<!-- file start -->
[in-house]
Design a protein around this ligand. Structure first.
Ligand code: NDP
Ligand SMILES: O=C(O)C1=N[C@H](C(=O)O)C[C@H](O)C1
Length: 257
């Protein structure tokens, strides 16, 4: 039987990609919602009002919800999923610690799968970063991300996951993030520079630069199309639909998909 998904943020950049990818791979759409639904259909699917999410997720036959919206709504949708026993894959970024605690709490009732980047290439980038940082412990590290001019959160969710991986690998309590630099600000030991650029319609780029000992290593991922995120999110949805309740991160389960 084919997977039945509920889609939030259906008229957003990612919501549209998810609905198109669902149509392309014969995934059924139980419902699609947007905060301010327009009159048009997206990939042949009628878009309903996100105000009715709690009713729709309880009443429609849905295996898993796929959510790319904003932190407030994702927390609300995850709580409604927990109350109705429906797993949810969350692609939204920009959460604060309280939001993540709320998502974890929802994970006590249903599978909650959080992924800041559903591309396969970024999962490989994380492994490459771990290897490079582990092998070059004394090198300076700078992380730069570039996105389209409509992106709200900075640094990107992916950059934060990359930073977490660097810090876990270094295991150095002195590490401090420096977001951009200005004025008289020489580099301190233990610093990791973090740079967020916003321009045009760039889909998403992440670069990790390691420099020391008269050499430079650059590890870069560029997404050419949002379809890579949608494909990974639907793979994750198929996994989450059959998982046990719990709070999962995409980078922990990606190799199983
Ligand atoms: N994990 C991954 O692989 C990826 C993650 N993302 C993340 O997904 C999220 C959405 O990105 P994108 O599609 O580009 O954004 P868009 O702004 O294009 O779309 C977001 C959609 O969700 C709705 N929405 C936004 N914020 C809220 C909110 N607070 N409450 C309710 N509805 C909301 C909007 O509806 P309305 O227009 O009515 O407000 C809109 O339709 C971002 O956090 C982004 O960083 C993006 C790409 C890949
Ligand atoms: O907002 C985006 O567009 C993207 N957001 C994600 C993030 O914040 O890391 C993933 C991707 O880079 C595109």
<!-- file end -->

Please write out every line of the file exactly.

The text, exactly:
[in-house]
Design a protein around this ligand. Structure first.
Ligand code: NDP
Ligand SMILES: O=C(O)C1=N[C@H](C(=O)O)C[C@H](O)C1
Length: 257
């Protein structure tokens, strides 16, 4: 039987990609919602009002919800999923610690799968970063991300996951993030520079630069199309639909998909 998904943020950049990818791979759409639904259909699917999410997720036959919206709504949708026993894959970024605690709490009732980047290439980038940082412990590290001019959160969710991986690998309590630099600000030991650029319609780029000992290593991922995120999110949805309740991160389960 084919997977039945509920889609939030259906008229957003990612919501549209998810609905198109669902149509392309014969995934059924139980419902699609947007905060301010327009009159048009997206990939042949009628878009309903996100105000009715709690009713729709309880009443429609849905295996898993796929959510790319904003932190407030994702927390609300995850709580409604927990109350109705429906797993949810969350692609939204920009959460604060309280939001993540709320998502974890929802994970006590249903599978909650959080992924800041559903591309396969970024999962490989994380492994490459771990290897490079582990092998070059004394090198300076700078992380730069570039996105389209409509992106709200900075640094990107992916950059934060990359930073977490660097810090876990270094295991150095002195590490401090420096977001951009200005004025008289020489580099301190233990610093990791973090740079967020916003321009045009760039889909998403992440670069990790390691420099020391008269050499430079650059590890870069560029997404050419949002379809890579949608494909990974639907793979994750198929996994989450059959998982046990719990709070999962995409980078922990990606190799199983
Ligand atoms: N994990 C991954 O692989 C990826 C993650 N993302 C993340 O997904 C999220 C959405 O990105 P994108 O599609 O580009 O954004 P868009 O702004 O294009 O779309 C977001 C959609 O969700 C709705 N929405 C936004 N914020 C809220 C909110 N607070 N409450 C309710 N509805 C909301 C909007 O509806 P309305 O227009 O009515 O407000 C809109 O339709 C971002 O956090 C982004 O960083 C993006 C790409 C890949
Ligand atoms: O907002 C985006 O567009 C993207 N957001 C994600 C993030 O914040 O890391 C993933 C991707 O880079 C595109």